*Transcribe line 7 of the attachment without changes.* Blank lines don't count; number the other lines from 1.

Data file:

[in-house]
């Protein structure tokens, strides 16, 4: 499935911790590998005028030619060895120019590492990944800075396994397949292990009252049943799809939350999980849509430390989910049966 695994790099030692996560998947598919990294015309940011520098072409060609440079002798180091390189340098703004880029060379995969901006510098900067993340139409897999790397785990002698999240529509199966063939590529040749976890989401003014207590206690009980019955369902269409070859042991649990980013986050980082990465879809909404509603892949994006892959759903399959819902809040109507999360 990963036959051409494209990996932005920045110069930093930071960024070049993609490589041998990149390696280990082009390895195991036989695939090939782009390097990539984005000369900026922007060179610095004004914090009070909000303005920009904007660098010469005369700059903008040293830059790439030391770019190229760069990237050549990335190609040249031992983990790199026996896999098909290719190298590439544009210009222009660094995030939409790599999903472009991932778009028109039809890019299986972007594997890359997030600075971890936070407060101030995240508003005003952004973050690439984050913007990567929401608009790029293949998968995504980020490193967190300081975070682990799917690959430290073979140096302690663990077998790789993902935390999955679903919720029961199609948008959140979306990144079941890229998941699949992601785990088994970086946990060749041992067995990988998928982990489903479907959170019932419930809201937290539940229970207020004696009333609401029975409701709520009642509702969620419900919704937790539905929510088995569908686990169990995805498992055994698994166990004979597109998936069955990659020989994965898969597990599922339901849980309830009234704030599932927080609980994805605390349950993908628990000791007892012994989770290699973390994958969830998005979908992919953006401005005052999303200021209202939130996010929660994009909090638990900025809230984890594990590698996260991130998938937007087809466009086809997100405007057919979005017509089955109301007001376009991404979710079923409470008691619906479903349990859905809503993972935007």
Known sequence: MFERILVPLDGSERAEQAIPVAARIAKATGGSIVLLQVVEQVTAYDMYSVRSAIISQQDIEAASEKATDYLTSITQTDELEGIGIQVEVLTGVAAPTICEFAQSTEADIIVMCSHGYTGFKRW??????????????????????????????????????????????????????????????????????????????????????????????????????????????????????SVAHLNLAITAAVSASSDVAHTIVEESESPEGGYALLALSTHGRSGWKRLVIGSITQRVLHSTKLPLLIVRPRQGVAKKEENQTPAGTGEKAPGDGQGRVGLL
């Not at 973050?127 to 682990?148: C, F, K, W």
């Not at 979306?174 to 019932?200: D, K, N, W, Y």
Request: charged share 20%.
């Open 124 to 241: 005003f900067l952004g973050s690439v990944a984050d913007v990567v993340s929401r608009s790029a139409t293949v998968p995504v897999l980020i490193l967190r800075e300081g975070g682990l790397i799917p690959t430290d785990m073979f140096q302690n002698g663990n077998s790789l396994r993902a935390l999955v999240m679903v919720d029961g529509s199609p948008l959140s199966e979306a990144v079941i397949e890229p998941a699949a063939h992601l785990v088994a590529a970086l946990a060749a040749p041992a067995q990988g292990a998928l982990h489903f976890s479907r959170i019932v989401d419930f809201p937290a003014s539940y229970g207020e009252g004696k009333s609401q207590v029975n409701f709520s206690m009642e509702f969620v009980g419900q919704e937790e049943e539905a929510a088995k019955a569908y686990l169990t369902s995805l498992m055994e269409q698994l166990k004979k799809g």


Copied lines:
């Open 124 to 241: 005003f900067l952004g973050s690439v990944a984050d913007v990567v993340s929401r608009s790029a139409t293949v998968p995504v897999l980020i490193l967190r800075e300081g975070g682990l790397i799917p690959t430290d785990m073979f140096q302690n002698g663990n077998s790789l396994r993902a935390l999955v999240m679903v919720d029961g529509s199609p948008l959140s199966e979306a990144v079941i397949e890229p998941a699949a063939h992601l785990v088994a590529a970086l946990a060749a040749p041992a067995q990988g292990a998928l982990h489903f976890s479907r959170i019932v989401d419930f809201p937290a003014s539940y229970g207020e009252g004696k009333s609401q207590v029975n409701f709520s206690m009642e509702f969620v009980g419900q919704e937790e049943e539905a929510a088995k019955a569908y686990l169990t369902s995805l498992m055994e269409q698994l166990k004979k799809g």